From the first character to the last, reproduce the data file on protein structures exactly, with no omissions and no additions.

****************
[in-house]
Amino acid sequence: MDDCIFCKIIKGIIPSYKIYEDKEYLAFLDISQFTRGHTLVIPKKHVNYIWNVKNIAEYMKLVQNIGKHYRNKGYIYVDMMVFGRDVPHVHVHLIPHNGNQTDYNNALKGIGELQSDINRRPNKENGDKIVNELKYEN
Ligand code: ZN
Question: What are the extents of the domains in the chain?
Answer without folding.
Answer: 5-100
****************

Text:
[in-house]
Amino acid sequence: MDDCIFCKIIKGIIPSYKIYEDKEYLAFLDISQFTRGHTLVIPKKHVNYIWNVKNIAEYMKLVQNIGKHYRNKGYIYVDMMVFGRDVPHVHVHLIPHNGNQTDYNNALKGIGELQSDINRRPNKENGDKIVNELKYEN
Ligand code: ZN
Question: What are the extents of the domains in the chain?
Answer without folding.
Answer: 5-100